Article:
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I had the same problem. I have 4 sisters they were always to busy one lived in another state one helped a little with what she could the other two said it was not there responsibility
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i agree with pam in theory but ive seen the treatment in NH too . its wonderful health and well being care but zero personal emotional care . some families can swing the home care , others cant for many legitimate reasons . if your mother needs to go to NH you can still be a large part of the comfort team. nh takes great care of my 90 yr old demented aunt but i bring the daily dose of companionship .
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some people just dont have it in them . dementia especially takes a very special kind of person to deal with it and even that person needs to self educate by every means available . the more you step up and master the complicated task , i believe the more your sis may chip in seeing that mom is in expert hands and only minimal things will be asked of her . you have to educate yourself to the greatest extent you can then you can educate the rest of the slack joweled family . a year ago my cuz didnt know what dementia was . ive helped her understand it to the extent that she can laugh sometimes at her mothers craziness and mistruths . finding small bits of humor in such an incredibly difficult undertaking as dementia care seperates the pros from the dont-have-a-clues . a very respectable professional in the field told me that very bluntly ..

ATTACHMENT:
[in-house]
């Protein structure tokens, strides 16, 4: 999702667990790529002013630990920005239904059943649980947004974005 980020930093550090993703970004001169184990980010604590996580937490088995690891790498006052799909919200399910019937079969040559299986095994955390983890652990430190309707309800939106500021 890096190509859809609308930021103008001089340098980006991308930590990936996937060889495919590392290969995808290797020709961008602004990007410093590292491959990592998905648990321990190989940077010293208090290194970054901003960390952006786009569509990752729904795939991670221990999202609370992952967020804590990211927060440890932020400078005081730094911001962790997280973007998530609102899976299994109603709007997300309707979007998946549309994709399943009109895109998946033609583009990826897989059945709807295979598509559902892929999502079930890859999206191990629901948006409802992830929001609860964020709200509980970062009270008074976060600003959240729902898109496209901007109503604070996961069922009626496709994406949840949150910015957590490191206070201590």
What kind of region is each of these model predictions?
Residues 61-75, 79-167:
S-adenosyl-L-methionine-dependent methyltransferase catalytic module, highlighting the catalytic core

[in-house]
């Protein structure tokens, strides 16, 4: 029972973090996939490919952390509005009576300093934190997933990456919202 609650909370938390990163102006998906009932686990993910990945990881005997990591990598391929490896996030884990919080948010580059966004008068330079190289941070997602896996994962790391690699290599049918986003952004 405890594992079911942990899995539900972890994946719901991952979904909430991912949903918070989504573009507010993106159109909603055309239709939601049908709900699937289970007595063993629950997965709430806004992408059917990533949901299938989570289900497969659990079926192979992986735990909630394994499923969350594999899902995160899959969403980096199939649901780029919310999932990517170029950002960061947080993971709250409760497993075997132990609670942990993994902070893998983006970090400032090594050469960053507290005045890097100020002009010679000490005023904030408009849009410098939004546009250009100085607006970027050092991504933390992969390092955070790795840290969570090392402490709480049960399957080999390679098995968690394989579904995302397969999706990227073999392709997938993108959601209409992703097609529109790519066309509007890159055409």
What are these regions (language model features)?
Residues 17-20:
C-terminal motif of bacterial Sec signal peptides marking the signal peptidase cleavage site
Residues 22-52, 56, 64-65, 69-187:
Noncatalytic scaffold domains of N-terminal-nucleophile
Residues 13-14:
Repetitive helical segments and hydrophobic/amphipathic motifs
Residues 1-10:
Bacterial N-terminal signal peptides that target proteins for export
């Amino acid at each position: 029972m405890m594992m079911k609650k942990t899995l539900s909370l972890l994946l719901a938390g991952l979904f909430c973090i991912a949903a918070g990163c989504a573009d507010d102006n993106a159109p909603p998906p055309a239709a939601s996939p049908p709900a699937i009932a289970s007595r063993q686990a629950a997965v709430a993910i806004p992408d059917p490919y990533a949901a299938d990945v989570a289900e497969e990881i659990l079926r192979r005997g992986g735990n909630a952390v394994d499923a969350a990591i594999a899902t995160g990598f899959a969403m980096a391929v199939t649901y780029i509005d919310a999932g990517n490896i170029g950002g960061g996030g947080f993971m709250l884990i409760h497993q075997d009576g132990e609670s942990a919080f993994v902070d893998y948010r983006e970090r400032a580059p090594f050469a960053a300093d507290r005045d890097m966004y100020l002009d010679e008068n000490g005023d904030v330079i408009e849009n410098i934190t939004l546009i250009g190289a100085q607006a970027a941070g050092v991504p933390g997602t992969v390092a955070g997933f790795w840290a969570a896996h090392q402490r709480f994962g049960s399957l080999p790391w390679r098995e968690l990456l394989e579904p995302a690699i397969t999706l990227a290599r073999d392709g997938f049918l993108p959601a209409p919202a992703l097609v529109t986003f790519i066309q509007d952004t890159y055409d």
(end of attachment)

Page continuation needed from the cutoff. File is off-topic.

when my mother was hallucinating with only days left to live i did not dispute her delusions and hallucinations and in fact told hospice " we dont need no stinkin facts around here " ..just makin mom comfortable at any cost ..
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Neither you nor your sister can take any more stress and strain. We are not young ourselves, so Mom went to assisted living. Our parents are truly living beyond OUR age of having the strength to manage their care.
The meanness will pass, but it is replaced by a deeper confusion that requires minute to minute care. Remember that 30% of caregivers die before their patients do and that is just not fair to you or YOUR children. Get her a safe place with lots of staff.